Several interesting stories from the metro space already this week that are worth a quick look.
Metro fiber builder Fibertech has completed an expansion of its westernmost outpost. They have added additional rings to serve Nobelsville, Sheridan, and Westfield in the Indianapolis metro area. That brings their footprint there up to 310 route miles connecting 160+ buildings. Fibertech is busy on multiple fronts these days, having also recently finished up work on a project out in Columbus, and still working a project underway in South Jersey since last spring.
TW Telecom (NASDAQ:TWTC, news, filings) is expanding again, but in this case it’s their colocation footprint. The national metro fiber operator is expanding its square footage in Minnetonka. That gives them 100K square feet in the Minneapolis/St. Paul metro area, with which they serve mid-size enterprises. They took the opportunity to highlight several: Virtual Radiologic, Be The Match, Fairview Health Services, and Room and Board. tw has been too quiet lately, but that’s the usual state of affairs.
CapeNet took another step forward in its BTOP-funded fiber buildout on Cape Cod. They said today that Ciena’s 100G coherent transport, packet optical, and Carrier Ethernet gear will power the network, which is currently under construction. Of course, I doubt they need 100G to Provincetown just yet, but someday you never know.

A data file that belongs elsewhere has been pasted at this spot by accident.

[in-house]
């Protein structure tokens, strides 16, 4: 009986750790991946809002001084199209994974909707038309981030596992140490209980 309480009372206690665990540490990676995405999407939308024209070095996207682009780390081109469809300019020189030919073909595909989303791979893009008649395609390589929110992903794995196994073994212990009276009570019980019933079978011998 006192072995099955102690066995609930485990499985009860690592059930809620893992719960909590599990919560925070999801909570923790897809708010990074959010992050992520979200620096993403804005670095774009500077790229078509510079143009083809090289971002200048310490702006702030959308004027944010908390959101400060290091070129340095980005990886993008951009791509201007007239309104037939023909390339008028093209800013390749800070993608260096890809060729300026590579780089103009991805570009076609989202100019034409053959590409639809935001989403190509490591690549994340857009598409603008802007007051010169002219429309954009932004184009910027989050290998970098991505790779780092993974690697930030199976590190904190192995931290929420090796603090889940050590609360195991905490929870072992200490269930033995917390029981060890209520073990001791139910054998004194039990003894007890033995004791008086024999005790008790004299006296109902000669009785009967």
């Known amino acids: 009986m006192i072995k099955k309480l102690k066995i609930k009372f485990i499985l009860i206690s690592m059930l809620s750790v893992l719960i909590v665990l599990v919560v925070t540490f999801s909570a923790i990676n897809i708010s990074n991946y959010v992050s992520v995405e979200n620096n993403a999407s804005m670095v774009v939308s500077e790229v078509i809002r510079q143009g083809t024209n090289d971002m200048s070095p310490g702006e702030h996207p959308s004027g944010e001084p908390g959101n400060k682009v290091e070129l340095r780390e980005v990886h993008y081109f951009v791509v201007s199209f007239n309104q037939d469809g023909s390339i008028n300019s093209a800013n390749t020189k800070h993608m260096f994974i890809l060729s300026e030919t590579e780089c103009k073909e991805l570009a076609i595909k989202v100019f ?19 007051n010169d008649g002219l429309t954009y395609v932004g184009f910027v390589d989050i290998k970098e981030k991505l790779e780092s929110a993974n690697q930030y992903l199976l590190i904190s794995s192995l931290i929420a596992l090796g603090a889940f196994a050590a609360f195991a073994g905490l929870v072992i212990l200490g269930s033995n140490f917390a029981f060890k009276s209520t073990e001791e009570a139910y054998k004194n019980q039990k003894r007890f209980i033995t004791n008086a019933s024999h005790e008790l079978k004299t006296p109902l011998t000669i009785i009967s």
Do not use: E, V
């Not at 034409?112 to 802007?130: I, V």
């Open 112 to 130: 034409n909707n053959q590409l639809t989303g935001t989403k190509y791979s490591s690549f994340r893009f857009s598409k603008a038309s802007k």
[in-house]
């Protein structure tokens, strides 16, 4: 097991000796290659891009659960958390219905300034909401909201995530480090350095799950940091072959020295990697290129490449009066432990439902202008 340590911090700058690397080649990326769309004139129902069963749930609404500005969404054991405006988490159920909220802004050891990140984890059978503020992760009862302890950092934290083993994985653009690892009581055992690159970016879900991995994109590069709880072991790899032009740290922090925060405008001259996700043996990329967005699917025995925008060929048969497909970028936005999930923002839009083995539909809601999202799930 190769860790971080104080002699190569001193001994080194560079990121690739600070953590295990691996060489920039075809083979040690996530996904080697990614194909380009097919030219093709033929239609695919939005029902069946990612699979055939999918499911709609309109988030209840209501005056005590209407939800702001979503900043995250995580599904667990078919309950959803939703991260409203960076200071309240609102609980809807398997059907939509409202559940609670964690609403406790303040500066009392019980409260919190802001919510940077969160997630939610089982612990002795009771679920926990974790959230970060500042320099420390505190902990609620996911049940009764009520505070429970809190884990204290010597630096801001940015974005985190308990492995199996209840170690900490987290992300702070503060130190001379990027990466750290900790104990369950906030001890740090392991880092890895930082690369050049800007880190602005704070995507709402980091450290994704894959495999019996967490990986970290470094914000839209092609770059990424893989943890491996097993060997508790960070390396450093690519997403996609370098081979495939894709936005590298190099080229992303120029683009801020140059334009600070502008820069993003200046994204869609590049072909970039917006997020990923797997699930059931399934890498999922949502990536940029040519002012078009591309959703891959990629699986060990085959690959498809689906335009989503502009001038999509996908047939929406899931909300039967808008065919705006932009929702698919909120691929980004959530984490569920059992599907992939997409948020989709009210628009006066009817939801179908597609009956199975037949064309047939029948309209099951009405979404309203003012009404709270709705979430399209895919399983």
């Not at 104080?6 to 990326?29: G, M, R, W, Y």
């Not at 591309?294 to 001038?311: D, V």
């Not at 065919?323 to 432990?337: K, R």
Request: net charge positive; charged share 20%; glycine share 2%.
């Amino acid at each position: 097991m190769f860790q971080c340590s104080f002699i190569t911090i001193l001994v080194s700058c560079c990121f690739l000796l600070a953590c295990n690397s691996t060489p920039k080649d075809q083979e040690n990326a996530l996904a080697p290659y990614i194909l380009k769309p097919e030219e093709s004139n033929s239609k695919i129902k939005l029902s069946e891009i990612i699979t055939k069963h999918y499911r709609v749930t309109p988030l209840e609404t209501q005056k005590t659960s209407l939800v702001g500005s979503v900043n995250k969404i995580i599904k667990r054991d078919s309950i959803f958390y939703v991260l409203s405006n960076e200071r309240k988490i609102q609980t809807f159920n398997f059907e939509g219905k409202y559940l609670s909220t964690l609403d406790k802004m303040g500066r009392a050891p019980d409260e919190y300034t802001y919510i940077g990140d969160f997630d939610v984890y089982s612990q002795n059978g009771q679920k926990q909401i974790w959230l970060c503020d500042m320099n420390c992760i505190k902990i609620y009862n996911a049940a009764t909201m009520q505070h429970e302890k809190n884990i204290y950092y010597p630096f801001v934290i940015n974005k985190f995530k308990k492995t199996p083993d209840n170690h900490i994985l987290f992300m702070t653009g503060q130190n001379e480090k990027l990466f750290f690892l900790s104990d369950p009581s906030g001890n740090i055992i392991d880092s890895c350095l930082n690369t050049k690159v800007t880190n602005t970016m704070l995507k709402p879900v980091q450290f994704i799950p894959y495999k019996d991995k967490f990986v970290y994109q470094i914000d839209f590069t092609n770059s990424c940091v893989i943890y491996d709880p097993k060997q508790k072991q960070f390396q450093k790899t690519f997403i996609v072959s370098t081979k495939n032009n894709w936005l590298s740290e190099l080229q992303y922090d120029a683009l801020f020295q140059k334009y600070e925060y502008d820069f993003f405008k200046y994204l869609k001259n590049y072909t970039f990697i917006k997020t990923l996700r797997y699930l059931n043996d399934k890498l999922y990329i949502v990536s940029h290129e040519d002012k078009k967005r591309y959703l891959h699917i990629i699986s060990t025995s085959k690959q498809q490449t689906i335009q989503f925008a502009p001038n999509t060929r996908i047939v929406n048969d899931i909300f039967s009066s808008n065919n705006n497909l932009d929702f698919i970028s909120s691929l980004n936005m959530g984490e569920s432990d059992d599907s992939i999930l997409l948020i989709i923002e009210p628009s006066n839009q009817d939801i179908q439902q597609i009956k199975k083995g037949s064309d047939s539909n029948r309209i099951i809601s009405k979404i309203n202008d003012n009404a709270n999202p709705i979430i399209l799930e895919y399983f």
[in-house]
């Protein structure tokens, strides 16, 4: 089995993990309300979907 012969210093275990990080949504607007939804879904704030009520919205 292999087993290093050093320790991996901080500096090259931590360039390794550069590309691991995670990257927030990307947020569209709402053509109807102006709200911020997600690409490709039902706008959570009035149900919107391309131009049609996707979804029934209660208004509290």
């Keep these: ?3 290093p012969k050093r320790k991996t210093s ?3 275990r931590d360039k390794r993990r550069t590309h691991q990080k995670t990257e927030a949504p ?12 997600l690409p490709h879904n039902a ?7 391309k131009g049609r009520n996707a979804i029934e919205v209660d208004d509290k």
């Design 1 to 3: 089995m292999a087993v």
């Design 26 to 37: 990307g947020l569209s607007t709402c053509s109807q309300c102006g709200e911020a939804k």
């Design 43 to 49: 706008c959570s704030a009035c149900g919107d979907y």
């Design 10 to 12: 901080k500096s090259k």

Earthlink touted one of its more interesting customers up in New England. Their data center services will be hosting the online infrastructure of the 2012 Boston Marathon, which it bills as “one of the most data-driven sporting events in the country”. That title derives from the 27,000 participants who must register online, and for whom data will be collected. Earthlink is rapidly moving toward a new business model based on managed data and network services.
And finally, Spread Networks is apparently diversifying a bit from its laser focus on the financial vertical. They said today that their Northeastern ITS subsidiary is providing 10G service to a cooperative in the city of Franklin out in western Pennsylvania and presumably right on their NYC-Chicago route. No doubt there are other communities on Spread’s low latency route that might be interested in a similar arrangement.